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Discussion Starter #1
Ok, so I think I've got a little piston slap going on in the passenger side of the engine. It's not terrible and goes away after the car is warmed up, but if I nail the gas, it will burn oil like mad. So my guess is that the rings are bad, but I'm not a mechanic. I will be stripping the motor down in the next few weeks anyways and was thinking about possibly having the cylinder/cylinders re-honed and/or re-bored as to fix the slap and hopefully the excessive oil burn (I will be buying new rings too). I'm hoping that just getting it re-honed will do the trick as I want to keep the stock pistons. Is this a good idea or what should I do? I will be changing the stock heads to GT40P's so my compression may go up a bit and I'm worried it may progress the slapping. I don't think it will cost too much to get the machine work done as I will just bring the block in if I decide to do it. I just am no professional, so what should I do?:confused:
 

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You can either send the engine out to a machine shop, and have them determine how worn the engine is, and go from there, OR

tear it apart yourself, and use micrometers to measure everything. All the proper measurement tools will run you north of $1,000 if you get quality ones.
 

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bluestreak, IF it's a piston slap you're hearing, I don't recommend this, but if money is tight, you can often get away with a poorman's rebuild. You didn't give any specifics, so I'll assume you've got over 100k miles on that short block. Usually this will mean the stock rings have eaten a nice bit into the cylinder walls and you'll have a bit of a lip at the top of the cylinder. If there's little to no lip a poorman's rebuild is a great option, if there's a big lip, it's still an option, just not the best one.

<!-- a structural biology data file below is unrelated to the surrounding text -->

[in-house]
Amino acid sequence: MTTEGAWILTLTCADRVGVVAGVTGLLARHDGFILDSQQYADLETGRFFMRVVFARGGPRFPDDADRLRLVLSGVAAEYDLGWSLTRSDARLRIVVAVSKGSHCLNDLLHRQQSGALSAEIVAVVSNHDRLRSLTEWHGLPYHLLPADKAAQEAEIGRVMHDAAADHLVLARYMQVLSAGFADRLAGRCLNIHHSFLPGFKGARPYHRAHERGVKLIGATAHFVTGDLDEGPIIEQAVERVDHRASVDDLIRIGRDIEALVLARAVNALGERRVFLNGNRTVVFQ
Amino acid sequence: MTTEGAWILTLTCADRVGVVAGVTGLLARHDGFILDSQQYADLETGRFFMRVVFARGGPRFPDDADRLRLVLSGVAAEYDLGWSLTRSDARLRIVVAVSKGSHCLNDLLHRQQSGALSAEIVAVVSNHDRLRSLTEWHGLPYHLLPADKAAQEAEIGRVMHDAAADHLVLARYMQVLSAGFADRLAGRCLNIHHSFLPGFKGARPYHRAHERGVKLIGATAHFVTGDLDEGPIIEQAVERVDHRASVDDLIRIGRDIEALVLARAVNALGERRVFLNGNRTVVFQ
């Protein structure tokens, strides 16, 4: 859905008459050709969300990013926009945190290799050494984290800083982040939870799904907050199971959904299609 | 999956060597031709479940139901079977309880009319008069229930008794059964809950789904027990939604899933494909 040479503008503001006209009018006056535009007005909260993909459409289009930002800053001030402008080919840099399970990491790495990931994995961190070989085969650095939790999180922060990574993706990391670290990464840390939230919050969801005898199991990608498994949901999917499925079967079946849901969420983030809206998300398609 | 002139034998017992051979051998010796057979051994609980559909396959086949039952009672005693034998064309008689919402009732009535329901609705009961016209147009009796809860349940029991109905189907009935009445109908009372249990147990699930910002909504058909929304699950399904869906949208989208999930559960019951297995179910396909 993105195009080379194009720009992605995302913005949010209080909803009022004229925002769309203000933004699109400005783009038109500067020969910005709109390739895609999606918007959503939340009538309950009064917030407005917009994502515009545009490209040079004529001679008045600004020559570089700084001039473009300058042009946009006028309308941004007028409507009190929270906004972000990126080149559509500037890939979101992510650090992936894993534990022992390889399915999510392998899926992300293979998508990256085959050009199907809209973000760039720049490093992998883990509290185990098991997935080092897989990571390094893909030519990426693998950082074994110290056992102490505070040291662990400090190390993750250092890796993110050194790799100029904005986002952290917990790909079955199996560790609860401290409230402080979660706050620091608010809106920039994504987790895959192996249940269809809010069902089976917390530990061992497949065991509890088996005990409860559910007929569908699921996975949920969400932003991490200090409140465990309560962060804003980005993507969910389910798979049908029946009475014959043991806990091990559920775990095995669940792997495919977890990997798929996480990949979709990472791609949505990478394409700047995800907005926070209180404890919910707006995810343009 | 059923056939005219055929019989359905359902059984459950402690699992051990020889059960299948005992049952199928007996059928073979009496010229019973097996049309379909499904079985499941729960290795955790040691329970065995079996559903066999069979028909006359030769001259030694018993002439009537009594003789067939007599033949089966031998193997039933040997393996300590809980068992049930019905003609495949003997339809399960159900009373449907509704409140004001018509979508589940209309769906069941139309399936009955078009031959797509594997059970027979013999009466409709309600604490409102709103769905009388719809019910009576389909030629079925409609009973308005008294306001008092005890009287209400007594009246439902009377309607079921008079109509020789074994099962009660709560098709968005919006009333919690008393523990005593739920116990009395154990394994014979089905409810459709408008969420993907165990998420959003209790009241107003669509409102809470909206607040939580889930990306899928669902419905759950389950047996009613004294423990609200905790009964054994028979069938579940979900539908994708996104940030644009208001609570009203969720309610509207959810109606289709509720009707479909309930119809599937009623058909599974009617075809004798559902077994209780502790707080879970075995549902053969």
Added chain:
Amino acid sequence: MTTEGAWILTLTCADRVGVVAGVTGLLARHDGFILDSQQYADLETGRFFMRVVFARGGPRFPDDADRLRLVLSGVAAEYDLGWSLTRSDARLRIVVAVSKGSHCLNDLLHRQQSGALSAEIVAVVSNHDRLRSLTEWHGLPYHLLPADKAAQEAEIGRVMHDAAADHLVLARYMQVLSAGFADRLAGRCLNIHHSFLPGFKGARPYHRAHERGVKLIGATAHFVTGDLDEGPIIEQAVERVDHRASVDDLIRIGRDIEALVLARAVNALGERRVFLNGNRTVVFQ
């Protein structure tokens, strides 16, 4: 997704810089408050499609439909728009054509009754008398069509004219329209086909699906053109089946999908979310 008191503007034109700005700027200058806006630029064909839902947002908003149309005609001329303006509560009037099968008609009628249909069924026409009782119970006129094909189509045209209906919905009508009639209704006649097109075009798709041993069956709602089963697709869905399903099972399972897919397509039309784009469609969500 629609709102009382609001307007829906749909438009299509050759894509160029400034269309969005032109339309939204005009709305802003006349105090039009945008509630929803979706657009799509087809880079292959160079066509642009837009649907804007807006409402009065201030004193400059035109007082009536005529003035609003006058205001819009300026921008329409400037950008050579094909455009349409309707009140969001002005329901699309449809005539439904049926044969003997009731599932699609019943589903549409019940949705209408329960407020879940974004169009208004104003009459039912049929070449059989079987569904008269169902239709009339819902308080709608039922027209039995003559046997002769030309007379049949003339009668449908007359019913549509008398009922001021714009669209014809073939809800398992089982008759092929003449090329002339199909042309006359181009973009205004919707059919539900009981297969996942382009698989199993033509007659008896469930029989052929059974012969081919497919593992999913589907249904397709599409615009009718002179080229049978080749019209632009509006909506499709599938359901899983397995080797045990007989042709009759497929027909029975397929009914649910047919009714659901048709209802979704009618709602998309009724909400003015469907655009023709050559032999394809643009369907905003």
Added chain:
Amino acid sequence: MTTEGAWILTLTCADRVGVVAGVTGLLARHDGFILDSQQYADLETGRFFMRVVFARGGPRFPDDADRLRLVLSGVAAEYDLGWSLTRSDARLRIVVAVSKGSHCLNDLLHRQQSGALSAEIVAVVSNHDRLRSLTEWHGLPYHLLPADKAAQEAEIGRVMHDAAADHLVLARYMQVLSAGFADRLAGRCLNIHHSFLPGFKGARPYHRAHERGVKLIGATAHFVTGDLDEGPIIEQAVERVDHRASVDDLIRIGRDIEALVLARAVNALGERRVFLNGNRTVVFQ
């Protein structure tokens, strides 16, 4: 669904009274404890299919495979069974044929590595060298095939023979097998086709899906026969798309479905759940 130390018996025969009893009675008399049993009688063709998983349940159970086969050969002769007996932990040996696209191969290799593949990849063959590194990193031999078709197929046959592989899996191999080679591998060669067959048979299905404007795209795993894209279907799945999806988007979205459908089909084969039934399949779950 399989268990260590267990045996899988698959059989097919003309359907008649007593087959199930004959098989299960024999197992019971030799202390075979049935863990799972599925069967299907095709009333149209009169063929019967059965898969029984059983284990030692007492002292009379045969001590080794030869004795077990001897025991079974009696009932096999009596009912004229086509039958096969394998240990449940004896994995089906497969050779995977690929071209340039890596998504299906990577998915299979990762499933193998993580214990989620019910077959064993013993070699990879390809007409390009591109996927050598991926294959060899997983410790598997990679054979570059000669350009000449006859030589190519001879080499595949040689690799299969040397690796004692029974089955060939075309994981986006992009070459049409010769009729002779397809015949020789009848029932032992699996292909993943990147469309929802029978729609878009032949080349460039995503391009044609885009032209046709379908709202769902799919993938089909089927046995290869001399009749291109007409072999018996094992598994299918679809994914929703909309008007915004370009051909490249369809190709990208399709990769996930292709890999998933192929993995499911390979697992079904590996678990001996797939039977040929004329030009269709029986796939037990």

Now a poorman's rebuild is going to have you do a cheap rebuild of the entire lower end without boring it. I recommend you use cast rings, this will allow them to wear down to fit your probably oblong cylinders much easier. I've seen these types of rebuilds done several times, and while they're not always the best option, they will keep your car on the road.
IMHO, with any strange noises, it would be a VERY good idea to take your entire rotating assembly to a qualified shop and have it inspected and rebalanced.
 

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Discussion Starter #4
Thanks, Slo. That is kinda what I had in mind because money is veryyy tight. I've been doing research on it and I hear every where that a little piston slap is normal for a car with 180k on it. It goes away very quickly and doesn't even happen all the time (only when it's really cold). I do plan on rebuilding it, just not yet, so I think I'm going to let it do its thing for now until I can build up the necessary funds to do it right.
 

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.....removing that slap (and the higher startup emissions that accompany it) is but one of the reasons Ford moved to a cast hypereutectic piston late in 92. The cast pistons are much more thermally stable than the forged units allowing a much tigher piston to cylinder fitment.
 
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